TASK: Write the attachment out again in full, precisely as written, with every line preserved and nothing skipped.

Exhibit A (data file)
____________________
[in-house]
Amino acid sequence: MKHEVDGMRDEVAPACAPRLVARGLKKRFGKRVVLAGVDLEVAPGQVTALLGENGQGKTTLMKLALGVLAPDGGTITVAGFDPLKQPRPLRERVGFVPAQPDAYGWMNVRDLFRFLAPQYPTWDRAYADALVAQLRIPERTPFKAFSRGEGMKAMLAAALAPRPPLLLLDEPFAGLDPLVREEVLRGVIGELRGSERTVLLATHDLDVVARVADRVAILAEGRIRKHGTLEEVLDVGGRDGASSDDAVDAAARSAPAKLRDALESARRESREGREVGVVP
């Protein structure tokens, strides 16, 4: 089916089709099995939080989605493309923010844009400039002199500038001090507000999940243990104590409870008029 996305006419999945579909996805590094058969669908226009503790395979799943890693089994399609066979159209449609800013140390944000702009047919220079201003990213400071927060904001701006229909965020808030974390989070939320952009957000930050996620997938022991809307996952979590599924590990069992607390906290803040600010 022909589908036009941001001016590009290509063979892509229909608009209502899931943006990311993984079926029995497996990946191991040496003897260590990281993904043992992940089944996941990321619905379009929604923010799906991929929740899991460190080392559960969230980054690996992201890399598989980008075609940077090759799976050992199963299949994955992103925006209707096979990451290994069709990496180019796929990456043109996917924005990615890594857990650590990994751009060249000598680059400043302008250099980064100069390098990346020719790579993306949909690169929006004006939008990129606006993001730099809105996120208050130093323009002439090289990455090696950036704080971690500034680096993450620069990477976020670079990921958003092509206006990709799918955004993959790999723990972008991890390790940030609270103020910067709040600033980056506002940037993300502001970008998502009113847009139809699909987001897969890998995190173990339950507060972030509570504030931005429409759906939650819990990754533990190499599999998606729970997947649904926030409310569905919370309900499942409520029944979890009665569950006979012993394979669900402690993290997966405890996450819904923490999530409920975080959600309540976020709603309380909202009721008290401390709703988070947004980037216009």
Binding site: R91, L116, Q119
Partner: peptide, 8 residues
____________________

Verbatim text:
[in-house]
Amino acid sequence: MKHEVDGMRDEVAPACAPRLVARGLKKRFGKRVVLAGVDLEVAPGQVTALLGENGQGKTTLMKLALGVLAPDGGTITVAGFDPLKQPRPLRERVGFVPAQPDAYGWMNVRDLFRFLAPQYPTWDRAYADALVAQLRIPERTPFKAFSRGEGMKAMLAAALAPRPPLLLLDEPFAGLDPLVREEVLRGVIGELRGSERTVLLATHDLDVVARVADRVAILAEGRIRKHGTLEEVLDVGGRDGASSDDAVDAAARSAPAKLRDALESARRESREGREVGVVP
């Protein structure tokens, strides 16, 4: 089916089709099995939080989605493309923010844009400039002199500038001090507000999940243990104590409870008029 996305006419999945579909996805590094058969669908226009503790395979799943890693089994399609066979159209449609800013140390944000702009047919220079201003990213400071927060904001701006229909965020808030974390989070939320952009957000930050996620997938022991809307996952979590599924590990069992607390906290803040600010 022909589908036009941001001016590009290509063979892509229909608009209502899931943006990311993984079926029995497996990946191991040496003897260590990281993904043992992940089944996941990321619905379009929604923010799906991929929740899991460190080392559960969230980054690996992201890399598989980008075609940077090759799976050992199963299949994955992103925006209707096979990451290994069709990496180019796929990456043109996917924005990615890594857990650590990994751009060249000598680059400043302008250099980064100069390098990346020719790579993306949909690169929006004006939008990129606006993001730099809105996120208050130093323009002439090289990455090696950036704080971690500034680096993450620069990477976020670079990921958003092509206006990709799918955004993959790999723990972008991890390790940030609270103020910067709040600033980056506002940037993300502001970008998502009113847009139809699909987001897969890998995190173990339950507060972030509570504030931005429409759906939650819990990754533990190499599999998606729970997947649904926030409310569905919370309900499942409520029944979890009665569950006979012993394979669900402690993290997966405890996450819904923490999530409920975080959600309540976020709603309380909202009721008290401390709703988070947004980037216009």
Binding site: R91, L116, Q119
Partner: peptide, 8 residues